Wednesday, November 9, 2016

I Guess I'm Not Apple's Target Market Anymore

Day after day
When love turns gray
Like the skin on a dying man
And night after night
We pretend it's alright
But I have grown older 
And you have grown colder 
And nothing is very much fun 
- Pink Floyd, One of my Turns

Perhaps you glanced at my previous post, Is Apple "Designing" Themselves Out of Customers?  Hopefully you followed the linked article and saw the compilation of complaints regarding Apple's seeming abandonment of the creative class. While I would have loved to compile my list of complaints, that grand roll-up not only reminded me of the issues with the new MacBook Pros, it also reminded me that I am not alone. You are not alone. There are quite a few of us who feel abandoned by Apple. And what's worse, most of us have been loyal Apple customers and dedicated users for many, many years.

And that's what pissed me off about this post I came across on The title of the post is, The backlash against Apple’s new MacBook Pro from its core user base is unprecedented. From the title, it sounds like it's going to be another roll-up of complaints and a story about the story. Instead, it turns into a piece that tries to ballpark the size of Apple's market segment that's complaining the most, "two particular sets of people: Those who use heavy-duty creative applications such as Photoshop, and those who develop for Apple platforms." Here's the basic numbers.
At the absolute outside, though, it gives, at most, around 25 million total users in the two buckets that have been most vocal about the MacBook Pro changes, out of a total base of around 90 million, or around 28 percent. Realistically, that number is probably quite a bit smaller, perhaps around 15 percent to 20 percent of the total. Of these, not all will share the concerns of those who have been so outspoken in the past week. To look at it another way, Apple sold 18.5 million Macs in the past year, which might end up being roughly the same as the combined number of creative professionals and developers in the base.
It then goes on to suggest that Apple seems to be doing well enough with the new designs because, sales. Yet, what really gets overlooked here though, is the role of the creative professional and developer segment as recommenders, evangelists and promoters (to use the net promoter terminology).

As a creative professional who's been using Apple products for over 25 years, I've been through the years of doubt and skepticism about the Apple platform. I've seen the IT departments that are forced to accept Apple devices into their ecosystems. Sure, there is a broader audience using the Mac these days, but a percentage of them don't know why. These are users that can comfortably switch back and forth between Windows systems and Mac systems because they don't really depend upon key features that creatives and developers do. For these users, a non-pro MacBook or a basic iMac are probably more than adequate.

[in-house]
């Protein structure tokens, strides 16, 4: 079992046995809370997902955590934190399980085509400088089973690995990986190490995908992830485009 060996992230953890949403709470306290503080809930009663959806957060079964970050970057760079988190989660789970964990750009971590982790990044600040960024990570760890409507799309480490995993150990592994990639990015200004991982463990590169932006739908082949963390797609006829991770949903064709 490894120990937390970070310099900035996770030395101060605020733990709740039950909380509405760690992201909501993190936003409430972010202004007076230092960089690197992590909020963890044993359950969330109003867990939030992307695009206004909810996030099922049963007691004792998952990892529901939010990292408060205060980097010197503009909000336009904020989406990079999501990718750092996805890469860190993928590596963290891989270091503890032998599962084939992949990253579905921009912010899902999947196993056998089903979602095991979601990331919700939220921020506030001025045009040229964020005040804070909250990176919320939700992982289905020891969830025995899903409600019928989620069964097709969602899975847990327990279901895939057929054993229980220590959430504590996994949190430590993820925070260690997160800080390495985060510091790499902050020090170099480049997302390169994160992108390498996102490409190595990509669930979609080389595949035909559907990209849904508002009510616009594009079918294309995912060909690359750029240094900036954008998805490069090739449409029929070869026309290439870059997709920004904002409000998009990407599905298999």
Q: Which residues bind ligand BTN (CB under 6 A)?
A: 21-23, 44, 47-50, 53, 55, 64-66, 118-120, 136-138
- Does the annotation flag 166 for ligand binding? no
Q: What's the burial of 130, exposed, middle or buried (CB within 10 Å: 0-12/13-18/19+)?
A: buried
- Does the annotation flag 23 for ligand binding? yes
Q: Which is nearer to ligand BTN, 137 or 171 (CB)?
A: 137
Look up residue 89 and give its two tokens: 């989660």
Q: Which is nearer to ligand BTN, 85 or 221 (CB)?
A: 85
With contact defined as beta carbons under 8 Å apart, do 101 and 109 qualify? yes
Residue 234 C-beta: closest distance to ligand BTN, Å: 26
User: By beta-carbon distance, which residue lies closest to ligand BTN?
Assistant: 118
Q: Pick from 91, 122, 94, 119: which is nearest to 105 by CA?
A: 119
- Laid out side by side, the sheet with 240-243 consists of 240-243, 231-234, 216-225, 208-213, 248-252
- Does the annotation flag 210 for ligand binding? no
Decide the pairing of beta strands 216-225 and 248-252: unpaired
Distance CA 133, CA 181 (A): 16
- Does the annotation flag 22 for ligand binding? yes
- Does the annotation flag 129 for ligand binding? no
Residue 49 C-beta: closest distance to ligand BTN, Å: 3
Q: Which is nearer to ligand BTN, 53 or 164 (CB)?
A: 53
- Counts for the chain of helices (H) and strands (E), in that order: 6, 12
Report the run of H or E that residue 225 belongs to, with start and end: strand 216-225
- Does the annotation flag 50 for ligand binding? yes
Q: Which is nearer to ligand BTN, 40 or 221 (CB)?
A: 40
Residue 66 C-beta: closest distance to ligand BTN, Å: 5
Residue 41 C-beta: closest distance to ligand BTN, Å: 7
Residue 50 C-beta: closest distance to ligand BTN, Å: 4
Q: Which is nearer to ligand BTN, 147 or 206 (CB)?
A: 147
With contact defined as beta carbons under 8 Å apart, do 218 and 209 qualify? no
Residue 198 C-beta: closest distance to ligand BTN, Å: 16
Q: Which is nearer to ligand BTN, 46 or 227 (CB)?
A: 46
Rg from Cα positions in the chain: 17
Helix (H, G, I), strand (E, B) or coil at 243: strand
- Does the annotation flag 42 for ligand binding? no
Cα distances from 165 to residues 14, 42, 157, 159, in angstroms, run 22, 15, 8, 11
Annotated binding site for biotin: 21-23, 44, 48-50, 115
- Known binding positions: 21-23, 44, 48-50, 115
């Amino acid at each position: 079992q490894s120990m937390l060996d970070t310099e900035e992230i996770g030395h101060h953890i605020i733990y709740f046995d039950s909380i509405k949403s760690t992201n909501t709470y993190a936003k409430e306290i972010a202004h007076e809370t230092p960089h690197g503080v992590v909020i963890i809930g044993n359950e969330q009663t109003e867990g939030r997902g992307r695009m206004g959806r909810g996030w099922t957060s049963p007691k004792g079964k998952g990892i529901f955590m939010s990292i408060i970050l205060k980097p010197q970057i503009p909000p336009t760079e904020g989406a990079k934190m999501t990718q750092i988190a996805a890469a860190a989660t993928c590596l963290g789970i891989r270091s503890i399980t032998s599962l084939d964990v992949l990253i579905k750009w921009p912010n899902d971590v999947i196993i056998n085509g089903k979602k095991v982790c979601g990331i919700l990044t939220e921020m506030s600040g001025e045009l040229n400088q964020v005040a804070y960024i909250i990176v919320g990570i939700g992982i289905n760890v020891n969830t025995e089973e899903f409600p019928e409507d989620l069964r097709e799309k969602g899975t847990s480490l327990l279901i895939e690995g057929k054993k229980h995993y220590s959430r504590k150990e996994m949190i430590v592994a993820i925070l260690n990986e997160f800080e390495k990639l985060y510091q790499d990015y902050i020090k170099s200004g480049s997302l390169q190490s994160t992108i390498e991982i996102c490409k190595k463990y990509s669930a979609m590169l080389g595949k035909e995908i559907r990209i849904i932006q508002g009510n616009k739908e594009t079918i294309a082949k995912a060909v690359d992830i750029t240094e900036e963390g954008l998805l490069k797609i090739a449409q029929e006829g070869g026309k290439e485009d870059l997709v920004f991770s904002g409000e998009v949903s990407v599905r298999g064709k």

Which brings me to this article that I came across. Apple is now officially a dongle company that happens to make smartphones and computers (Updated). The emphasis in this piece, as you might imagine, is how Apple has embraced the dongle with their latest devices. The dongle, the article says, is Apple's fastest growing product category.
The absurdity of the situation is neatly captured by the following fact: None of Apple’s newest laptops can connect to its own flagship smartphones without using a dongle or purchasing a separate cable that doesn’t otherwise ship with any of Apple’s hardware.
The article contrasts the history of Apple products with the more recent trend to use dongles. The author takes the position that this is Tim Cook's Apple and that Steve Jobs wouldn't have followed that path. You can read the article for yourself, but I do agree that dongles are antithetical to what has been, historically, the Apple way.

What's more, I think the necessity for a dongle is in most cases, a statement that the design of the core product sucks. It's like watching those cooking shows where somebody must pair odd ingredients with a main dish and they just throw something on the side. The bottom line is that you chose a path for the requirements that isn't integrated. If it isn't integrated but it's function is integral, that's a poor design.

I Would Not Recommend The Existing Suite of Apple Products
As noted, with a long history of Apple product usage and evangelism, the other user segments often ask me for guidance on Apple products. At this point, I can't see myself recommending any product with a USB-C port on it unless that port is an addition to the existing set of ports. Consider, recently I was on a site looking at promotional USB drives -- they don't offer a single USB-C drive. Not one.

Frankly while they have labeled the new products as MacBook Pros, I think they are less Pro and more Meh. But maybe you're somebody who needs the touchbar so that you can quickly message your friends with emojis. But, to quote the dongle article,
So far, no consumer product Apple has launched in 2016 has been anything like an equivalent trendsetter. If the future of PCs is a tiny machine and a lap full of accessories, I’ll stick with the status quo. Yes, in the very long run, we may see a world in which USB-C is used for almost everything -- but HDMI, USB Type A, DisplayPort, Lightning, and SD cards aren’t going anywhere anytime soon.

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